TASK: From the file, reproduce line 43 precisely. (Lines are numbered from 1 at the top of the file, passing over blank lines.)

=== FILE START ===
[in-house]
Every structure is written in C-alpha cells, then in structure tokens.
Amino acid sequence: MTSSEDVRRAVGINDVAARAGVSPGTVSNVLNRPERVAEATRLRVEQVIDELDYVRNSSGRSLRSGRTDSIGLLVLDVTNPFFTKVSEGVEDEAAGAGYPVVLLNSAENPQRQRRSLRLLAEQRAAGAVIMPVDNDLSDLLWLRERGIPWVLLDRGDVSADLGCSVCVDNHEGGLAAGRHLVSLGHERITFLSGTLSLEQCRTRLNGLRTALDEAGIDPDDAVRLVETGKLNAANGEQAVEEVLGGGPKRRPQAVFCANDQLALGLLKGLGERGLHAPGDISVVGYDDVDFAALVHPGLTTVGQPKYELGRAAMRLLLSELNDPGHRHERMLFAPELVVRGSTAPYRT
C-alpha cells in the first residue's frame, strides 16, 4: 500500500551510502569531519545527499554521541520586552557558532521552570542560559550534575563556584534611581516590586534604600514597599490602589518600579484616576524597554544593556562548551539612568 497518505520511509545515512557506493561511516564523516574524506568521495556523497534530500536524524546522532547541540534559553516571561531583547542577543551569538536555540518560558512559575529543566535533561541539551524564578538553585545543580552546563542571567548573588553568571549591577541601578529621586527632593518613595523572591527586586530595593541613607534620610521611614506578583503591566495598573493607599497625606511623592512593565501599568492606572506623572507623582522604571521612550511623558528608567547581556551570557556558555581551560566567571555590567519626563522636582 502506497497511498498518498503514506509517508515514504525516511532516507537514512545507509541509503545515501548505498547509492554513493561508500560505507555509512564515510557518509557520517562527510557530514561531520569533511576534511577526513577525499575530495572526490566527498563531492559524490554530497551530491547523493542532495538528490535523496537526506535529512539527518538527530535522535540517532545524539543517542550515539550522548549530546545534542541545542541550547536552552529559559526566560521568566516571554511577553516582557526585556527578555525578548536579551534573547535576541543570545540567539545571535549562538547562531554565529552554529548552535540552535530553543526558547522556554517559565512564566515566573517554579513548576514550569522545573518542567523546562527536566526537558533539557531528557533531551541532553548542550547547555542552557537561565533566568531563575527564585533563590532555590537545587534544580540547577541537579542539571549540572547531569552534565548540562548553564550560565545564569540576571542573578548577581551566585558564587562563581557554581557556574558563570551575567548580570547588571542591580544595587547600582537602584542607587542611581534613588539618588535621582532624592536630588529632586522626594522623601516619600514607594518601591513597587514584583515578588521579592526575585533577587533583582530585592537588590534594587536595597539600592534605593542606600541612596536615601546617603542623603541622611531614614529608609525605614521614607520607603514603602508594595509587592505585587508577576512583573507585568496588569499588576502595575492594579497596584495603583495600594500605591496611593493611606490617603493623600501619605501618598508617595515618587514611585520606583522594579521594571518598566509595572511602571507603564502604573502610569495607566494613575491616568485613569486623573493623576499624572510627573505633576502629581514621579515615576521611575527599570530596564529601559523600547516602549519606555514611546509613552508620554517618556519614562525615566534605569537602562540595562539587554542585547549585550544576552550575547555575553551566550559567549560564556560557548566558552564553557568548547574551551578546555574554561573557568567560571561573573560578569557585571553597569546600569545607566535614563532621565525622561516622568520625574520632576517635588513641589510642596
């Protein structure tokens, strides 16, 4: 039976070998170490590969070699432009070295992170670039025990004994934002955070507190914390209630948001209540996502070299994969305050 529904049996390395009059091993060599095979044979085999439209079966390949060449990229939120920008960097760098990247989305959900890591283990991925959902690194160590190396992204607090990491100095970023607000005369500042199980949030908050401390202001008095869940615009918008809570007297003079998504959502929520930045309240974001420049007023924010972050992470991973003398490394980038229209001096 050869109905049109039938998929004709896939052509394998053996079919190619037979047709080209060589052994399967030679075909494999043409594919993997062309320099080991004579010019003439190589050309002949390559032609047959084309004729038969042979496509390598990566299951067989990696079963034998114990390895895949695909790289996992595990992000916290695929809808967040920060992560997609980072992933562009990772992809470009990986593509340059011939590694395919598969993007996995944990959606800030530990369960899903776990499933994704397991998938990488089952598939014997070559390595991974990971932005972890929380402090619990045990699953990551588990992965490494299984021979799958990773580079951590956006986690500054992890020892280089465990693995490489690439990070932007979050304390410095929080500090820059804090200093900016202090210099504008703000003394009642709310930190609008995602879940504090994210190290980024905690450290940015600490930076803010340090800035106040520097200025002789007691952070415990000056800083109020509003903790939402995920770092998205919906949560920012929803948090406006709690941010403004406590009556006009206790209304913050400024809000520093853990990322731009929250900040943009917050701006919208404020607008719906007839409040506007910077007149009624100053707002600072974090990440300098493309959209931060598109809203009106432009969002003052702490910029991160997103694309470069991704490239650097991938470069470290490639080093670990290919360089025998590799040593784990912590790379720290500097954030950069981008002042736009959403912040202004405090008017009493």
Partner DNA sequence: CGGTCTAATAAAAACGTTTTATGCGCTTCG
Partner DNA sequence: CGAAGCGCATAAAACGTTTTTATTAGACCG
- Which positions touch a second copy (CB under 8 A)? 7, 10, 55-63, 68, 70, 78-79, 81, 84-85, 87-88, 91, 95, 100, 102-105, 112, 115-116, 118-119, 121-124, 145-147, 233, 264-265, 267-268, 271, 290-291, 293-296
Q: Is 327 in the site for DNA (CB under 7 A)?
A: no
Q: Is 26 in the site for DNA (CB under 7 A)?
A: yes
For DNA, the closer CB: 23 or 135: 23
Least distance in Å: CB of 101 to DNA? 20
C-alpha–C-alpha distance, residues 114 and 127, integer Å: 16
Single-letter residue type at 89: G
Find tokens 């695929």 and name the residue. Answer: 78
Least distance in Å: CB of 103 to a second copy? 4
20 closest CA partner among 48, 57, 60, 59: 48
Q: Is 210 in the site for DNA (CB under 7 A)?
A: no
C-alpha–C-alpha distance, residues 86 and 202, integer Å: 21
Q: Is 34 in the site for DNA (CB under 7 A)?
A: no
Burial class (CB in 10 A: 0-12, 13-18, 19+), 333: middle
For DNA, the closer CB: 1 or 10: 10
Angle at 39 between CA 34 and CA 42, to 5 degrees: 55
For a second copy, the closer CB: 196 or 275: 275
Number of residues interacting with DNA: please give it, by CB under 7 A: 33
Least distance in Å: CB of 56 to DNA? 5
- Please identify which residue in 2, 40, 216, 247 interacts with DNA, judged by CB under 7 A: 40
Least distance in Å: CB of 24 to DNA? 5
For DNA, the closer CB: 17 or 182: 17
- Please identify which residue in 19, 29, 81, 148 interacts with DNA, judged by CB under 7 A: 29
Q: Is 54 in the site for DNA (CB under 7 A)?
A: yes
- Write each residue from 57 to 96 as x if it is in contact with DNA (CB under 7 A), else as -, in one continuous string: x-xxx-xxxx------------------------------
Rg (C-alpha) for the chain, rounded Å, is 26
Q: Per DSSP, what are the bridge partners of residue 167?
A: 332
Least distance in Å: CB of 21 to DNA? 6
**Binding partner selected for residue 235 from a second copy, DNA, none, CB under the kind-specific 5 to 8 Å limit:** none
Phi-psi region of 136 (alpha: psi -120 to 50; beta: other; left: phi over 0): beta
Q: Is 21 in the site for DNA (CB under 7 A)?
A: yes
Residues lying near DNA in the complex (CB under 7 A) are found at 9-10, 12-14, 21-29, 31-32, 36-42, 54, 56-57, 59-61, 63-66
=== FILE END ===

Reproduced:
Phi-psi region of 136 (alpha: psi -120 to 50; beta: other; left: phi over 0): beta